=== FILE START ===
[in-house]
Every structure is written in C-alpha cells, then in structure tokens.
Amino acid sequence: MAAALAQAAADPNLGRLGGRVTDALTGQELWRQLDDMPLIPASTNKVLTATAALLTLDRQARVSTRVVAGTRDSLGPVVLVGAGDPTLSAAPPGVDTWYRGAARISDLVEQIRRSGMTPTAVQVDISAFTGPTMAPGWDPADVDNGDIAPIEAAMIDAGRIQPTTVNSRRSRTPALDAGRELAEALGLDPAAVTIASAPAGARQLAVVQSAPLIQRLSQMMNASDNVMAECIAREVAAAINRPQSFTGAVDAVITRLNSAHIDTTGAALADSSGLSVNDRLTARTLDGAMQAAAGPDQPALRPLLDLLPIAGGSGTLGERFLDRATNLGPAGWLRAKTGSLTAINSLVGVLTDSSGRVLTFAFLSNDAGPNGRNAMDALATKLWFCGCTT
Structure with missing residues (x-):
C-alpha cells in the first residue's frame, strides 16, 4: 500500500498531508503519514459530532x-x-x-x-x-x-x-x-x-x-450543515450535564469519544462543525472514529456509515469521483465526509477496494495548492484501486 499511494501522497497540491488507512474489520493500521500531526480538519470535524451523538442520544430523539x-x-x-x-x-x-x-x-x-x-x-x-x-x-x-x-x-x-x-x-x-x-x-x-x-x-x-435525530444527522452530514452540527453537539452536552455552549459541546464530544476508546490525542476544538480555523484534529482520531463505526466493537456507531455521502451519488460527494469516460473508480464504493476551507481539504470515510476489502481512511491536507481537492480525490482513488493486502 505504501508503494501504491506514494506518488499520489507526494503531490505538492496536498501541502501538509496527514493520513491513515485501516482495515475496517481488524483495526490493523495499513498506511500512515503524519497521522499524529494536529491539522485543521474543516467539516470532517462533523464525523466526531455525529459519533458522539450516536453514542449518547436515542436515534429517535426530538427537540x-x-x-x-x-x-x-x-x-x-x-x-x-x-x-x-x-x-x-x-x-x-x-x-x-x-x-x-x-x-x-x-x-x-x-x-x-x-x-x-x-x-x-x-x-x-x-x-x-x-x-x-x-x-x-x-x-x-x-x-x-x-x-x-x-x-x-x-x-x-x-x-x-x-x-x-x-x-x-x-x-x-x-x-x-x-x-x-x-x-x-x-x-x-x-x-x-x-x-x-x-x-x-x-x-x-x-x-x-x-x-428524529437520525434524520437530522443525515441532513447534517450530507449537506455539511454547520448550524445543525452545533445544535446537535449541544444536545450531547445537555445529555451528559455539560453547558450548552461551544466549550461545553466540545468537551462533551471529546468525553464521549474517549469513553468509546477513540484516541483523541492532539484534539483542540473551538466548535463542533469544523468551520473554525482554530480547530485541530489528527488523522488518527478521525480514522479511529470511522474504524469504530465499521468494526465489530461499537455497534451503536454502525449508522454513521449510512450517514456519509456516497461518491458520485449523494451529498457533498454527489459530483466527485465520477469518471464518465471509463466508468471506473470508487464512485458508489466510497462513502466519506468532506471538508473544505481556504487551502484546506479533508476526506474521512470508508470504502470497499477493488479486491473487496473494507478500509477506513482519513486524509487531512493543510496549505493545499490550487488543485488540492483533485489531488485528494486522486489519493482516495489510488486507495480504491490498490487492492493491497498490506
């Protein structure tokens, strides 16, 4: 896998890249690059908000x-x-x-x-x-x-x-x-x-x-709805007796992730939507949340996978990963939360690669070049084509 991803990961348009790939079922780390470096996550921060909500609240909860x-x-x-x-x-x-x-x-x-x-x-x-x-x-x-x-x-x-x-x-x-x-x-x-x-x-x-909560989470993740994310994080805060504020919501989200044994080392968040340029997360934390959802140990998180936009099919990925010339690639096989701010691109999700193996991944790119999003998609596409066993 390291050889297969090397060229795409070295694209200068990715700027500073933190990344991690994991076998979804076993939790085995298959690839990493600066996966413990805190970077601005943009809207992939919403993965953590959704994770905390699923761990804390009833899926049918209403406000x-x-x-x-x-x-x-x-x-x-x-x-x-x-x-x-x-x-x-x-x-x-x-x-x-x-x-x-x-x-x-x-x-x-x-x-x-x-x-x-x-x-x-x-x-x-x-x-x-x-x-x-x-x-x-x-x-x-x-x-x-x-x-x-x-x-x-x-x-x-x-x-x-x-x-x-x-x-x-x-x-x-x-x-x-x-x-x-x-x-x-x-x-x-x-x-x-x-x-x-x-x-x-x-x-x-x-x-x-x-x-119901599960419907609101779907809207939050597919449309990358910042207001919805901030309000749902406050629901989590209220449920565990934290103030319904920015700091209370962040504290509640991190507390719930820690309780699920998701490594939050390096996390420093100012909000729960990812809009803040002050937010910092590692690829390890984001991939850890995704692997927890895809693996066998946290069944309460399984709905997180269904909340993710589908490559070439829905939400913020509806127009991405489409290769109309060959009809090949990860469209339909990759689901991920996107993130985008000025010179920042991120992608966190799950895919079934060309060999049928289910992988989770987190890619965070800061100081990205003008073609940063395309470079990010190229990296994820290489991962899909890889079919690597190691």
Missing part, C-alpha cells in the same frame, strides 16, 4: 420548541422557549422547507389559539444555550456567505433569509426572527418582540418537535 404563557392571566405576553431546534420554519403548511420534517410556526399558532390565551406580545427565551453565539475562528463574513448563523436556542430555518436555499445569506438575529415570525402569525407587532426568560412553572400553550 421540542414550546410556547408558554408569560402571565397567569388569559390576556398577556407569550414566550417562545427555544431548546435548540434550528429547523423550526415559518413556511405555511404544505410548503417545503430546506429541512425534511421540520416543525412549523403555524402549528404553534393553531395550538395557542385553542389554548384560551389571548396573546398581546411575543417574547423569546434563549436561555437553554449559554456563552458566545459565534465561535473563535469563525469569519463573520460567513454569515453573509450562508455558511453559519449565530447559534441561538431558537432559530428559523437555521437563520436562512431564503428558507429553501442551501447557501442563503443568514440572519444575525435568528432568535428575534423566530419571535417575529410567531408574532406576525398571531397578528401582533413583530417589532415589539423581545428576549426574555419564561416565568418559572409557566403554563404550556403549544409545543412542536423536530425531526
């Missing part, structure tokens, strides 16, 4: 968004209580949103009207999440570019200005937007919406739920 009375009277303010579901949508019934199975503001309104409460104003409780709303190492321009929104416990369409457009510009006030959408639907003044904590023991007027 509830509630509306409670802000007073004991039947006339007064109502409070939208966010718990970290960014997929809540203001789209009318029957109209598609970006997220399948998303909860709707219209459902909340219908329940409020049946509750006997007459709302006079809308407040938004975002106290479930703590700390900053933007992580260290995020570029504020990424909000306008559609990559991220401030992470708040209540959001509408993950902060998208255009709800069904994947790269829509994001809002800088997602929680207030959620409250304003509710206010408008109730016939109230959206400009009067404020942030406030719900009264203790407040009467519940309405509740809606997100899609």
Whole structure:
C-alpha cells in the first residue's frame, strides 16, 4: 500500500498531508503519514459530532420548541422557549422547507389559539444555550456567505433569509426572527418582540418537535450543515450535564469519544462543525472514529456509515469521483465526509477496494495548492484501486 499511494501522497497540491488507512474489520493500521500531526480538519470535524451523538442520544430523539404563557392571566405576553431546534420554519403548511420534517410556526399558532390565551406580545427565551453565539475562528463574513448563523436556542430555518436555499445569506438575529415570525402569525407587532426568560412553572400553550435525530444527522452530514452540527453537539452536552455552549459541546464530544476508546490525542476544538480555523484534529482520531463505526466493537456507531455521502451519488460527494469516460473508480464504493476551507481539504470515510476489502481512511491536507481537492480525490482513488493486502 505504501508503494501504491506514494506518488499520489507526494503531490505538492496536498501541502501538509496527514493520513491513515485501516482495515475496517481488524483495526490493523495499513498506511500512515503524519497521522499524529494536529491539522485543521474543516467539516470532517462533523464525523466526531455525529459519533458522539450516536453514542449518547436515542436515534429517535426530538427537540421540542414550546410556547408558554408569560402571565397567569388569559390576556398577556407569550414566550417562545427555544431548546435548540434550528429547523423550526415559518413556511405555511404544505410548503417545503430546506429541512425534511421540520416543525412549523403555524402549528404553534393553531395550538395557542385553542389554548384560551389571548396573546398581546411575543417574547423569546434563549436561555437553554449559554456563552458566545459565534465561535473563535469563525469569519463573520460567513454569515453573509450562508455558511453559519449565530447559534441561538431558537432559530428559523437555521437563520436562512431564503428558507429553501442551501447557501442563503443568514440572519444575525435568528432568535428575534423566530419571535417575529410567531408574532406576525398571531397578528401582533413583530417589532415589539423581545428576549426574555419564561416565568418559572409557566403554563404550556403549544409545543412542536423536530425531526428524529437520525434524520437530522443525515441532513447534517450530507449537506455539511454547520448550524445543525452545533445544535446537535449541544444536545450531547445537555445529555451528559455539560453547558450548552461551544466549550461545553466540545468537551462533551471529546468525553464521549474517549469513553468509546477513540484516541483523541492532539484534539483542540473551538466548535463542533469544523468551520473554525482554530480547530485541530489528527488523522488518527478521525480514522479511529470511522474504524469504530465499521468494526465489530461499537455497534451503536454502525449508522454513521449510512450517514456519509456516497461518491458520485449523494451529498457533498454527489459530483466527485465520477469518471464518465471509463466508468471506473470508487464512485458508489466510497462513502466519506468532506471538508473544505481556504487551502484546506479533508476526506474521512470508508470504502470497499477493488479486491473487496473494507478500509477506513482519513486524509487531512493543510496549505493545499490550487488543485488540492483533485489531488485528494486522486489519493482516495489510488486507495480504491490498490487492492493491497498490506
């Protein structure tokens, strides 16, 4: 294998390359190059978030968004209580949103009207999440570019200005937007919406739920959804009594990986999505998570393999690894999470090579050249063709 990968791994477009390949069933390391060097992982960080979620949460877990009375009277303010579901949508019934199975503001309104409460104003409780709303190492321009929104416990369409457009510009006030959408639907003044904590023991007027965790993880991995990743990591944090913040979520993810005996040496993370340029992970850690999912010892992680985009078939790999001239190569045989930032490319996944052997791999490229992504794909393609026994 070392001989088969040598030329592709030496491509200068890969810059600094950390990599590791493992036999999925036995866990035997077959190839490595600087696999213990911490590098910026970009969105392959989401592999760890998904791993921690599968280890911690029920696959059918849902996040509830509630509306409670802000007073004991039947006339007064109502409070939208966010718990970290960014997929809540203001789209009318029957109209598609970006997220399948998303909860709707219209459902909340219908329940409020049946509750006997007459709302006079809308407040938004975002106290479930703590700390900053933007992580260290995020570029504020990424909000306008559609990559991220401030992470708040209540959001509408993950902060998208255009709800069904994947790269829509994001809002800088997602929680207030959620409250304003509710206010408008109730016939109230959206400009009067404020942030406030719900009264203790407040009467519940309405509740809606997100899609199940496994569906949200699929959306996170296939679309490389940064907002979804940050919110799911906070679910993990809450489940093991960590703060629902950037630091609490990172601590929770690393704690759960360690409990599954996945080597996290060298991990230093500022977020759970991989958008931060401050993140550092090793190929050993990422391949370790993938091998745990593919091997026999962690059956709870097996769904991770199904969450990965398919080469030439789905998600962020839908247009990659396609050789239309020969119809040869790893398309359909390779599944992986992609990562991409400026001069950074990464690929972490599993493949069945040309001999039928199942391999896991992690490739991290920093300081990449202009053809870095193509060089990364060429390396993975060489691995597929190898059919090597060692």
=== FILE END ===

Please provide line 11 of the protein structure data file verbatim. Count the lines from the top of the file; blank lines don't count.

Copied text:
């Protein structure tokens, strides 16, 4: 294998390359190059978030968004209580949103009207999440570019200005937007919406739920959804009594990986999505998570393999690894999470090579050249063709 990968791994477009390949069933390391060097992982960080979620949460877990009375009277303010579901949508019934199975503001309104409460104003409780709303190492321009929104416990369409457009510009006030959408639907003044904590023991007027965790993880991995990743990591944090913040979520993810005996040496993370340029992970850690999912010892992680985009078939790999001239190569045989930032490319996944052997791999490229992504794909393609026994 070392001989088969040598030329592709030496491509200068890969810059600094950390990599590791493992036999999925036995866990035997077959190839490595600087696999213990911490590098910026970009969105392959989401592999760890998904791993921690599968280890911690029920696959059918849902996040509830509630509306409670802000007073004991039947006339007064109502409070939208966010718990970290960014997929809540203001789209009318029957109209598609970006997220399948998303909860709707219209459902909340219908329940409020049946509750006997007459709302006079809308407040938004975002106290479930703590700390900053933007992580260290995020570029504020990424909000306008559609990559991220401030992470708040209540959001509408993950902060998208255009709800069904994947790269829509994001809002800088997602929680207030959620409250304003509710206010408008109730016939109230959206400009009067404020942030406030719900009264203790407040009467519940309405509740809606997100899609199940496994569906949200699929959306996170296939679309490389940064907002979804940050919110799911906070679910993990809450489940093991960590703060629902950037630091609490990172601590929770690393704690759960360690409990599954996945080597996290060298991990230093500022977020759970991989958008931060401050993140550092090793190929050993990422391949370790993938091998745990593919091997026999962690059956709870097996769904991770199904969450990965398919080469030439789905998600962020839908247009990659396609050789239309020969119809040869790893398309359909390779599944992986992609990562991409400026001069950074990464690929972490599993493949069945040309001999039928199942391999896991992690490739991290920093300081990449202009053809870095193509060089990364060429390396993975060489691995597929190898059919090597060692």